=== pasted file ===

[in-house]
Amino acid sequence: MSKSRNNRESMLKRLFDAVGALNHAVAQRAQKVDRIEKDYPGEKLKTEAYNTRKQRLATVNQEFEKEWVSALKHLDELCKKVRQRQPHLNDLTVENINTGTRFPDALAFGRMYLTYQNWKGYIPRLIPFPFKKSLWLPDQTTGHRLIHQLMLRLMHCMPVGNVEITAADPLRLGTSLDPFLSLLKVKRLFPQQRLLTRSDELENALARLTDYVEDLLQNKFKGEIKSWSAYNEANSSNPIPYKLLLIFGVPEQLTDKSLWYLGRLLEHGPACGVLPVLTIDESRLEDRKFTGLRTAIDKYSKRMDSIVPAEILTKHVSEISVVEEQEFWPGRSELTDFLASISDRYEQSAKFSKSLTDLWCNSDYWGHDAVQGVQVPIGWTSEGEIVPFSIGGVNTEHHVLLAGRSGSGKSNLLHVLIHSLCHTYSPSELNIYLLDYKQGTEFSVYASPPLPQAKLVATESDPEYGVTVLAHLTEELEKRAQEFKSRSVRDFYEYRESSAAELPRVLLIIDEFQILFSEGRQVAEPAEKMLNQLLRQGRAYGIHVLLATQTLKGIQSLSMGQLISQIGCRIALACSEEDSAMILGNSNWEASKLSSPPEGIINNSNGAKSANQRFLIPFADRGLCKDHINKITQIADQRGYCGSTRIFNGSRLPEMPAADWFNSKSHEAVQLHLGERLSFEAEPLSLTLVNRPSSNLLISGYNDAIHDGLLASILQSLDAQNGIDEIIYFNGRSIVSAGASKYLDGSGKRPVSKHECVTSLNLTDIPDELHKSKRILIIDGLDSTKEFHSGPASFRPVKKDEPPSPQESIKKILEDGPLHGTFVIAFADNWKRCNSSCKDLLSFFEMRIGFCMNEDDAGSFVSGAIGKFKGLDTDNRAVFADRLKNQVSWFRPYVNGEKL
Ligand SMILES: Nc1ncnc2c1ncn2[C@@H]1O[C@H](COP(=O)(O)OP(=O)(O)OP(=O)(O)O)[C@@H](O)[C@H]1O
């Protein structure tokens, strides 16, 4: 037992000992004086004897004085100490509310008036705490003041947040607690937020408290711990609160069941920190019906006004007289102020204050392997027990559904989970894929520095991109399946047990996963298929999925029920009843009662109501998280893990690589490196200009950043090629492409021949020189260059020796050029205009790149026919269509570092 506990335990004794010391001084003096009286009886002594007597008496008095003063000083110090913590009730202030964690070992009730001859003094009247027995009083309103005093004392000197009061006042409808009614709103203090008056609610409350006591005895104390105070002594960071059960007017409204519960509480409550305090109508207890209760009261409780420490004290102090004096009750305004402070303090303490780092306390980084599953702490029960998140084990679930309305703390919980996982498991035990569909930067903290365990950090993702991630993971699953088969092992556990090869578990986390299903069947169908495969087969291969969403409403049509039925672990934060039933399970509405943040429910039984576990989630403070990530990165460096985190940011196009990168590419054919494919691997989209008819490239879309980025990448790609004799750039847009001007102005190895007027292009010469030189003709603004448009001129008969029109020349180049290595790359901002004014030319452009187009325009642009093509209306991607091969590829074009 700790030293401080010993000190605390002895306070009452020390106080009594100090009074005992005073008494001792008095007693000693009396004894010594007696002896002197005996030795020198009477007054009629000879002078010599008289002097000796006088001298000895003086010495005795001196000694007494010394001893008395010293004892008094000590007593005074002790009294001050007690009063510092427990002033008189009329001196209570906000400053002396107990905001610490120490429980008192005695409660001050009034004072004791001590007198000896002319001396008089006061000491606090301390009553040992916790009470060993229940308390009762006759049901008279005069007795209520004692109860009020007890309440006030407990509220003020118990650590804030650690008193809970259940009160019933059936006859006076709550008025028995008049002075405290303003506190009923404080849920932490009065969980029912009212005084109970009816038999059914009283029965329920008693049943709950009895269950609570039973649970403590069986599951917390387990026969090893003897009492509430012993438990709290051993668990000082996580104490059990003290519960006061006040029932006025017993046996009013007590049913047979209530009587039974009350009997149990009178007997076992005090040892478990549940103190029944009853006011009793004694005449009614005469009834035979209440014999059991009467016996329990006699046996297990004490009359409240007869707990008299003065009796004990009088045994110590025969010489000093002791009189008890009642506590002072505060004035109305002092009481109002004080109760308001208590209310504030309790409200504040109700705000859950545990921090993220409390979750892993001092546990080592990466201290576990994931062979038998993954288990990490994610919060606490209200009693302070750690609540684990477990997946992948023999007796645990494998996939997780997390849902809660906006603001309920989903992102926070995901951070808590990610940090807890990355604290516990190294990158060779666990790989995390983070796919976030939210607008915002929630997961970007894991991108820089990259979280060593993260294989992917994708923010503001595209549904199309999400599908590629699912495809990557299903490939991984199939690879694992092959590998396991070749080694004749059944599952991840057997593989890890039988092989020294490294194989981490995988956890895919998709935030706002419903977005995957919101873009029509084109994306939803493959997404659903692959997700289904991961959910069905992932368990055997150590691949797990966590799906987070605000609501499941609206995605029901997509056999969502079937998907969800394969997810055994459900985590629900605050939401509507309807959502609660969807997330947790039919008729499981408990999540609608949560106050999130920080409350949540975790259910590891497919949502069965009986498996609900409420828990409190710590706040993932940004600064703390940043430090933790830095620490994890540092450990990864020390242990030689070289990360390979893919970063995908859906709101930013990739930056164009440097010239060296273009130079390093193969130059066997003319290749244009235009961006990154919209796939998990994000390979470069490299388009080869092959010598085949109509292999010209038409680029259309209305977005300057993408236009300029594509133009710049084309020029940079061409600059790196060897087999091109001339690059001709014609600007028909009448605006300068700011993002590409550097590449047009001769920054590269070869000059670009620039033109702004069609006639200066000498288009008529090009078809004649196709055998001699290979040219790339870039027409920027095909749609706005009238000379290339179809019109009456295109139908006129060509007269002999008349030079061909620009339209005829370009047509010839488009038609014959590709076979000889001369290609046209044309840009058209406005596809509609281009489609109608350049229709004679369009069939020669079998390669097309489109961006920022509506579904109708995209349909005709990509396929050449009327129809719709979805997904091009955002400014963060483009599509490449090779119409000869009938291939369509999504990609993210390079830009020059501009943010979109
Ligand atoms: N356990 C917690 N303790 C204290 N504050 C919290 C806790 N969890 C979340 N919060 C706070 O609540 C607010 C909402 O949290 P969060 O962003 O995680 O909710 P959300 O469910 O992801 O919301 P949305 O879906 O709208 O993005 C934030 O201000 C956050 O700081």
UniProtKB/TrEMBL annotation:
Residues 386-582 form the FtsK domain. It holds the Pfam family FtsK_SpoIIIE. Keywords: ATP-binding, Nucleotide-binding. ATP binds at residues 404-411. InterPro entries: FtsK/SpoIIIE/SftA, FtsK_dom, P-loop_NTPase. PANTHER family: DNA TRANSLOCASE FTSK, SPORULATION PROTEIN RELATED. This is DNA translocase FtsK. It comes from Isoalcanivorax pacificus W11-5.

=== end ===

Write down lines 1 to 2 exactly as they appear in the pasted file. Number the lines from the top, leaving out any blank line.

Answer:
[in-house]
Amino acid sequence: MSKSRNNRESMLKRLFDAVGALNHAVAQRAQKVDRIEKDYPGEKLKTEAYNTRKQRLATVNQEFEKEWVSALKHLDELCKKVRQRQPHLNDLTVENINTGTRFPDALAFGRMYLTYQNWKGYIPRLIPFPFKKSLWLPDQTTGHRLIHQLMLRLMHCMPVGNVEITAADPLRLGTSLDPFLSLLKVKRLFPQQRLLTRSDELENALARLTDYVEDLLQNKFKGEIKSWSAYNEANSSNPIPYKLLLIFGVPEQLTDKSLWYLGRLLEHGPACGVLPVLTIDESRLEDRKFTGLRTAIDKYSKRMDSIVPAEILTKHVSEISVVEEQEFWPGRSELTDFLASISDRYEQSAKFSKSLTDLWCNSDYWGHDAVQGVQVPIGWTSEGEIVPFSIGGVNTEHHVLLAGRSGSGKSNLLHVLIHSLCHTYSPSELNIYLLDYKQGTEFSVYASPPLPQAKLVATESDPEYGVTVLAHLTEELEKRAQEFKSRSVRDFYEYRESSAAELPRVLLIIDEFQILFSEGRQVAEPAEKMLNQLLRQGRAYGIHVLLATQTLKGIQSLSMGQLISQIGCRIALACSEEDSAMILGNSNWEASKLSSPPEGIINNSNGAKSANQRFLIPFADRGLCKDHINKITQIADQRGYCGSTRIFNGSRLPEMPAADWFNSKSHEAVQLHLGERLSFEAEPLSLTLVNRPSSNLLISGYNDAIHDGLLASILQSLDAQNGIDEIIYFNGRSIVSAGASKYLDGSGKRPVSKHECVTSLNLTDIPDELHKSKRILIIDGLDSTKEFHSGPASFRPVKKDEPPSPQESIKKILEDGPLHGTFVIAFADNWKRCNSSCKDLLSFFEMRIGFCMNEDDAGSFVSGAIGKFKGLDTDNRAVFADRLKNQVSWFRPYVNGEKL